"This project was a real focus on the details," explains Coutts. "The owner worked with a local supply house, picked out the preliminary fixtures and then asked me to comment on them, so I worked very closely with the owner on the details. In the master bathroom we created an island vanity with sinks at either end and I think that's very unusual. The island vanity looks as if it's an old antique, but it's actually fabricated by a local mill in this area. The other custom-built element is the mirror on the vanity, which is double-sided and is hung from the ceiling. We put lights on either side. It's just another example of the detail that we put into this. It's the kind of project that is an absolute pleasure and privilege to work on because of the quality of workmanship and the skill of all the people involved."
Coutts created bright, sun-filled spaces that have modern touches and yet are in perfect keeping with the design of the original farmhouse. She explains, "The real key to us was the proportion and the size of the windows that we chose. We based the window size on the windows of the existing house so it would be compatible. That was the first thing we did. We probably had six studies on the windows for the outside. It looks pretty simple, but we studied those windows pretty exhaustively. Then we got samples of the windows and waited until the homeowners felt very comfortable with the window selection."
"Another thing was the siding we used. We were trying to save as much of the siding as we could from the previous addition but we ended up keeping a wider siding at the owner's request. We based the scale of our materials and the scale of our windows on those from the existing house and the existing original addition."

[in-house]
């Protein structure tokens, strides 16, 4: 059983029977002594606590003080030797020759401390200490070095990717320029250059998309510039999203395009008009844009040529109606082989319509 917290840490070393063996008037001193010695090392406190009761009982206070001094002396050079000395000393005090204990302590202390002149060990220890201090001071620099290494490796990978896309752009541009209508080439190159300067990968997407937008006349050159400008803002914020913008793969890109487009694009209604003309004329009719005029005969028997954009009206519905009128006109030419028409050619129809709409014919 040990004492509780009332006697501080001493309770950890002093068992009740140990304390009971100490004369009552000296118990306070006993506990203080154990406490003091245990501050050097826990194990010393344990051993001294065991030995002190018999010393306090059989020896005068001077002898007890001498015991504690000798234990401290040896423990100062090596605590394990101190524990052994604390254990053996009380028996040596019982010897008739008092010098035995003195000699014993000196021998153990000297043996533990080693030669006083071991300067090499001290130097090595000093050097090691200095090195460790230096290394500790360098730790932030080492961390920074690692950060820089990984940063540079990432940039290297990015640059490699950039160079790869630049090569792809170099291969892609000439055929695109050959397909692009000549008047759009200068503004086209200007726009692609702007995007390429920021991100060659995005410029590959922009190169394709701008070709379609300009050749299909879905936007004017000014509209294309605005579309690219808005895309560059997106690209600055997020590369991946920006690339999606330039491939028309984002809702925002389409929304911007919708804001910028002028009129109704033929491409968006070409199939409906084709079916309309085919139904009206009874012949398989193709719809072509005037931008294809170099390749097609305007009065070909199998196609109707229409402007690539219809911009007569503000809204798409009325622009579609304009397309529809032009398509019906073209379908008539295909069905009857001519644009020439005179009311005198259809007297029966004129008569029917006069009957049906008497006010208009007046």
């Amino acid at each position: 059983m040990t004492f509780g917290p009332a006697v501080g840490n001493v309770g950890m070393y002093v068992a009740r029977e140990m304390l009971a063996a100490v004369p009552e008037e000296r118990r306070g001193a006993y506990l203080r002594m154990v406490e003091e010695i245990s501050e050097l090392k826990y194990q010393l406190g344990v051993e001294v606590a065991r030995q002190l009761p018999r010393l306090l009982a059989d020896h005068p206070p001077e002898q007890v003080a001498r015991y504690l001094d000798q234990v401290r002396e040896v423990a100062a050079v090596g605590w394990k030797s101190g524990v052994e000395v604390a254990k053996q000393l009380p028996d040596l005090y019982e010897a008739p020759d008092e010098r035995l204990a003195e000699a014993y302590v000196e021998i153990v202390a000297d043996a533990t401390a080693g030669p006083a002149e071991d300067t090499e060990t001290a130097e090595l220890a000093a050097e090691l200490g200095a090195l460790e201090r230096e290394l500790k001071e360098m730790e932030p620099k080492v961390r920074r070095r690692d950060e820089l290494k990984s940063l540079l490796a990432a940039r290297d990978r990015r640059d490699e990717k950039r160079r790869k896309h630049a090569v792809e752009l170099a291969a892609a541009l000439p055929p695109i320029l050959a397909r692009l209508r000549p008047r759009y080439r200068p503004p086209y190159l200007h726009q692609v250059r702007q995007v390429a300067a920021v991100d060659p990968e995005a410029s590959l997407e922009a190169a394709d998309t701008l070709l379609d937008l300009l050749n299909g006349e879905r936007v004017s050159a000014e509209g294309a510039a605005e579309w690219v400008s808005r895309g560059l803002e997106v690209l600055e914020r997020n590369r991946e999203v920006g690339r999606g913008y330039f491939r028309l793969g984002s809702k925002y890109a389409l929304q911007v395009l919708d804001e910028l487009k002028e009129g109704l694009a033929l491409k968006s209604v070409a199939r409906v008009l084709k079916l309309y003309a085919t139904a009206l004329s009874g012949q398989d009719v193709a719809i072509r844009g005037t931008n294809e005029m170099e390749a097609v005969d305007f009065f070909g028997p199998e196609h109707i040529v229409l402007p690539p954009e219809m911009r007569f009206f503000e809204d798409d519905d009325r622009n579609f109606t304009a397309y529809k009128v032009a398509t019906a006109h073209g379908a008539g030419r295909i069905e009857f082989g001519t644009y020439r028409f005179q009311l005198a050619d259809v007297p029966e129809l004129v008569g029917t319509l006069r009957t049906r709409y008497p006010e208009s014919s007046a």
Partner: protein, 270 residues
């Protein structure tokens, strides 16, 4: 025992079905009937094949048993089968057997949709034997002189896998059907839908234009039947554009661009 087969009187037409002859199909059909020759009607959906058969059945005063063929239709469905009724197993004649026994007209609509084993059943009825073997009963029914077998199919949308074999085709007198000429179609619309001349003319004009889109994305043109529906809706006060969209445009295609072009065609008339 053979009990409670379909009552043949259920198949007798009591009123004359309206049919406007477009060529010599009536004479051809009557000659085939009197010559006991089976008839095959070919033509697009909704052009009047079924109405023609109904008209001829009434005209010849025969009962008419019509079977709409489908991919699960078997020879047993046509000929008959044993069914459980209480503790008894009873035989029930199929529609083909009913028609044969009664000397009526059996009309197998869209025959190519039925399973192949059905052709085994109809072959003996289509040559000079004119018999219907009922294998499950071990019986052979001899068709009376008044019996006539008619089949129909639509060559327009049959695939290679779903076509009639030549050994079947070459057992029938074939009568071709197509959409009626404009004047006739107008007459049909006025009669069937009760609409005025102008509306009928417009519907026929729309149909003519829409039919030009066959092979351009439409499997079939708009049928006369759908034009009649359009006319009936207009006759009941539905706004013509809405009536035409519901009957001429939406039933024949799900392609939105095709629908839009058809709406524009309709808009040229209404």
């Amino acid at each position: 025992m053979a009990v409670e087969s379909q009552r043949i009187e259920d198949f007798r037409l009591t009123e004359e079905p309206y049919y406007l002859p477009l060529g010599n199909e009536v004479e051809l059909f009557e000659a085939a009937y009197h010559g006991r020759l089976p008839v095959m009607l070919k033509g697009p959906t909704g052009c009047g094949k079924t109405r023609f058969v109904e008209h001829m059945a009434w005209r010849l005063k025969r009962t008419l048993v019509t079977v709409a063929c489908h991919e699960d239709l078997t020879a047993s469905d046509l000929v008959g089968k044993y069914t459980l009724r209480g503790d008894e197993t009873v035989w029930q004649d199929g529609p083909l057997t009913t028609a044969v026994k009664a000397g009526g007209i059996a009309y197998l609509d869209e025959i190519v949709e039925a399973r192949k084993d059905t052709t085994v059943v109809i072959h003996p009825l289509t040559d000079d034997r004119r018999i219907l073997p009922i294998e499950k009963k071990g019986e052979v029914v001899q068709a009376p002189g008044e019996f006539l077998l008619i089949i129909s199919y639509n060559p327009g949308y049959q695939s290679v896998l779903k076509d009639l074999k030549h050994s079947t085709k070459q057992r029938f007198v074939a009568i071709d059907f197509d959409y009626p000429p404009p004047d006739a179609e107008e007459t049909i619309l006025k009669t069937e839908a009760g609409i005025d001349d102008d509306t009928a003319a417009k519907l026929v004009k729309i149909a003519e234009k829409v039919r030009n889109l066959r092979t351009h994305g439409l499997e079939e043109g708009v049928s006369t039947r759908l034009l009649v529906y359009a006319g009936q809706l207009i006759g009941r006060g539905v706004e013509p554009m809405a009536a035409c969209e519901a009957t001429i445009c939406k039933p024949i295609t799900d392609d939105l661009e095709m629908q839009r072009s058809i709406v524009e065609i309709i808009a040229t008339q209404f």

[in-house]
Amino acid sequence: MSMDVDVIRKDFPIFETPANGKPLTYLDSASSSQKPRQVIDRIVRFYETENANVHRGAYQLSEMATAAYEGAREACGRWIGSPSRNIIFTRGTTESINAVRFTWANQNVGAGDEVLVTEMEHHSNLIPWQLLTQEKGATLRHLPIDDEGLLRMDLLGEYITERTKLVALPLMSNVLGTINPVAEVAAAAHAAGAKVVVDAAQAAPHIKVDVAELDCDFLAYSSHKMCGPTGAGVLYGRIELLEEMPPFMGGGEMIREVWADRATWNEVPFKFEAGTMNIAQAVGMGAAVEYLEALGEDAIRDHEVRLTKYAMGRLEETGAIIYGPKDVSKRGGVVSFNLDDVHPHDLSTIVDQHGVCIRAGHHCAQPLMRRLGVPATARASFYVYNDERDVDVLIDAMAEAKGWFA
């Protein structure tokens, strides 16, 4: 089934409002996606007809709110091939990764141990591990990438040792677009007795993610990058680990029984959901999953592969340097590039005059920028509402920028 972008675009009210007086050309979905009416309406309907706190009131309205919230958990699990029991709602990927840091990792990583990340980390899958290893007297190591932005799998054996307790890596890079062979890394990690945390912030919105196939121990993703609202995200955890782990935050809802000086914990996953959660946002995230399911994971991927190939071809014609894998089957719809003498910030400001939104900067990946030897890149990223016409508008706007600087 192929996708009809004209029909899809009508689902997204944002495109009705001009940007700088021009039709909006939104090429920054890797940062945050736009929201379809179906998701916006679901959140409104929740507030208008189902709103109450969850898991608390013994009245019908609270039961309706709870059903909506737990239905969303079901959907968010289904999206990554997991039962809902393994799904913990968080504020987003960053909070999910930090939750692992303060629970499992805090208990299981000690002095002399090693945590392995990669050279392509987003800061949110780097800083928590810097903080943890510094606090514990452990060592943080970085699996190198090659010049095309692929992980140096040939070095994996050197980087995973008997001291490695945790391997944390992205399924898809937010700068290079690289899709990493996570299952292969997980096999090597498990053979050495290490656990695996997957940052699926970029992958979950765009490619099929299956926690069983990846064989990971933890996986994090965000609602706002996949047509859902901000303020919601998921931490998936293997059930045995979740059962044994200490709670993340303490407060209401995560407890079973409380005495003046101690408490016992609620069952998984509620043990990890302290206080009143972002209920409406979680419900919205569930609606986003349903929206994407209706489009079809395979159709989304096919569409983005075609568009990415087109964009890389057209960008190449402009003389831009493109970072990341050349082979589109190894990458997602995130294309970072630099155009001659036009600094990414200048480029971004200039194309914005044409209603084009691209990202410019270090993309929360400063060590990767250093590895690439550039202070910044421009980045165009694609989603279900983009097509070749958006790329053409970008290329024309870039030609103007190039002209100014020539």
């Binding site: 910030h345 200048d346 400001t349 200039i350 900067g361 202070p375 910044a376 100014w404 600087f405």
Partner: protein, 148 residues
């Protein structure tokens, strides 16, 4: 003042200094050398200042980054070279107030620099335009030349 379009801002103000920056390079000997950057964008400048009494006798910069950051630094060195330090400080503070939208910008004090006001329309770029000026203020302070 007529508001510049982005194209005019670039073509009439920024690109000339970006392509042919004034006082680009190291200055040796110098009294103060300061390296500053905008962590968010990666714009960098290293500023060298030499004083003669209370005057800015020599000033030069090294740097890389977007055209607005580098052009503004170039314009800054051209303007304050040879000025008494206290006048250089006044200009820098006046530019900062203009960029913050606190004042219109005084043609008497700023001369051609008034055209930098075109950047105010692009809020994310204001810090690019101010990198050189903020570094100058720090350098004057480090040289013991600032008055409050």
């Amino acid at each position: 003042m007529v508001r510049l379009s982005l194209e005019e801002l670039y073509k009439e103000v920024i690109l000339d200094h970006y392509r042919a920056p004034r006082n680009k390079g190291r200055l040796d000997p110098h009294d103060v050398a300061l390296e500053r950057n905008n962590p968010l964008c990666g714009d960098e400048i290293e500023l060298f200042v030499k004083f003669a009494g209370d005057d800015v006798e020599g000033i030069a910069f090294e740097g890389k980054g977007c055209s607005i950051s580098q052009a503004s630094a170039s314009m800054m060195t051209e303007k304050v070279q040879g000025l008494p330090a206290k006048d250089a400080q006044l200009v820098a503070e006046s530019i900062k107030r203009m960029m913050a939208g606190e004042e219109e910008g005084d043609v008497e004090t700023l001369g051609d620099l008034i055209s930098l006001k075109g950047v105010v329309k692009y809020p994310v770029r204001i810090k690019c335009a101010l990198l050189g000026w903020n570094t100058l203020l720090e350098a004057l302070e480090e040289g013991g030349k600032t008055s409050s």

Beadboard ceiling was used for the enclosed front porch and shades of white and pale blues were chosen for their association with porch architecture. One of the walls is exposed brick from the original farmhouse. Coutts explains, "We left the brick natural because there was no reason to cover it up, plus we honestly did not have the room to cover it up. So we left it there. There is also one brick wall in the powder room. There actually used to be an old doorway cut in there, so we just left the old stone threshold there. We just left everything because it's those kind of details that make the project interesting."
"Attention to detail is very important because when you see the finished project you say that's nice, and you don't really realize how much effort went into making it look so effortless. Between the design, the selection of all the items and then the contractor's attention to detail, everybody was just so superb at what they did. A lot of times my clients will say to me that it looks like it's always been there and that's a good thing because it means that we made things compatible with what was there."